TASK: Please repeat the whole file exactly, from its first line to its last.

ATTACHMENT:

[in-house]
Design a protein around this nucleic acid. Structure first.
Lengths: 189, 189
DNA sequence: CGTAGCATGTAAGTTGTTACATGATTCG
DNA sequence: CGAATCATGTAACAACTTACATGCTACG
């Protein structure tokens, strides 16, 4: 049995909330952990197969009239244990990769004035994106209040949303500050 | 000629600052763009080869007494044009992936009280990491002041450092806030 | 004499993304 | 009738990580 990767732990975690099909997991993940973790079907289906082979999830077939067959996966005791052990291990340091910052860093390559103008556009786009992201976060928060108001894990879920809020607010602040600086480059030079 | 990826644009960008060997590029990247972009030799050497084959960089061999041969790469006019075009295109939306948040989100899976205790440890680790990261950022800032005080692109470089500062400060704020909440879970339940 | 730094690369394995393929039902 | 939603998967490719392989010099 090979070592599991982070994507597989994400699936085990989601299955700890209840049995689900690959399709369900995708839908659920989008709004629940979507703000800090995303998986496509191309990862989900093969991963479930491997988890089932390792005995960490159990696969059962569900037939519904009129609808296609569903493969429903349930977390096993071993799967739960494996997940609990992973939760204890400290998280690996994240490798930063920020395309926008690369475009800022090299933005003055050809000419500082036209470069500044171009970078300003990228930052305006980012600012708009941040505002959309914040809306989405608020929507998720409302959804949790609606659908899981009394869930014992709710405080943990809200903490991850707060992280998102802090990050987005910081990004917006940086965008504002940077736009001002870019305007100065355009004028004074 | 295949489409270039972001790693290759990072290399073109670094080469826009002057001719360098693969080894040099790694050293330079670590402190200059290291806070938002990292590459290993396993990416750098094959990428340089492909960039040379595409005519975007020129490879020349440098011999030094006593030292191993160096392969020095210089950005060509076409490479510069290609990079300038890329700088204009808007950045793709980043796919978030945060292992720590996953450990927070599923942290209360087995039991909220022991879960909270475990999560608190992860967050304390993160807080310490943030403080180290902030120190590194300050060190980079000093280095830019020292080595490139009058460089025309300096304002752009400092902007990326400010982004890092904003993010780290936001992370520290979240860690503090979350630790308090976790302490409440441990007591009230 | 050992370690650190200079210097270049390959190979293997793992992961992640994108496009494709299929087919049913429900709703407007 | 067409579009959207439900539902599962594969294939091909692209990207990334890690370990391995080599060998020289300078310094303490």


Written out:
[in-house]
Design a protein around this nucleic acid. Structure first.
Lengths: 189, 189
DNA sequence: CGTAGCATGTAAGTTGTTACATGATTCG
DNA sequence: CGAATCATGTAACAACTTACATGCTACG
């Protein structure tokens, strides 16, 4: 049995909330952990197969009239244990990769004035994106209040949303500050 | 000629600052763009080869007494044009992936009280990491002041450092806030 | 004499993304 | 009738990580 990767732990975690099909997991993940973790079907289906082979999830077939067959996966005791052990291990340091910052860093390559103008556009786009992201976060928060108001894990879920809020607010602040600086480059030079 | 990826644009960008060997590029990247972009030799050497084959960089061999041969790469006019075009295109939306948040989100899976205790440890680790990261950022800032005080692109470089500062400060704020909440879970339940 | 730094690369394995393929039902 | 939603998967490719392989010099 090979070592599991982070994507597989994400699936085990989601299955700890209840049995689900690959399709369900995708839908659920989008709004629940979507703000800090995303998986496509191309990862989900093969991963479930491997988890089932390792005995960490159990696969059962569900037939519904009129609808296609569903493969429903349930977390096993071993799967739960494996997940609990992973939760204890400290998280690996994240490798930063920020395309926008690369475009800022090299933005003055050809000419500082036209470069500044171009970078300003990228930052305006980012600012708009941040505002959309914040809306989405608020929507998720409302959804949790609606659908899981009394869930014992709710405080943990809200903490991850707060992280998102802090990050987005910081990004917006940086965008504002940077736009001002870019305007100065355009004028004074 | 295949489409270039972001790693290759990072290399073109670094080469826009002057001719360098693969080894040099790694050293330079670590402190200059290291806070938002990292590459290993396993990416750098094959990428340089492909960039040379595409005519975007020129490879020349440098011999030094006593030292191993160096392969020095210089950005060509076409490479510069290609990079300038890329700088204009808007950045793709980043796919978030945060292992720590996953450990927070599923942290209360087995039991909220022991879960909270475990999560608190992860967050304390993160807080310490943030403080180290902030120190590194300050060190980079000093280095830019020292080595490139009058460089025309300096304002752009400092902007990326400010982004890092904003993010780290936001992370520290979240860690503090979350630790308090976790302490409440441990007591009230 | 050992370690650190200079210097270049390959190979293997793992992961992640994108496009494709299929087919049913429900709703407007 | 067409579009959207439900539902599962594969294939091909692209990207990334890690370990391995080599060998020289300078310094303490």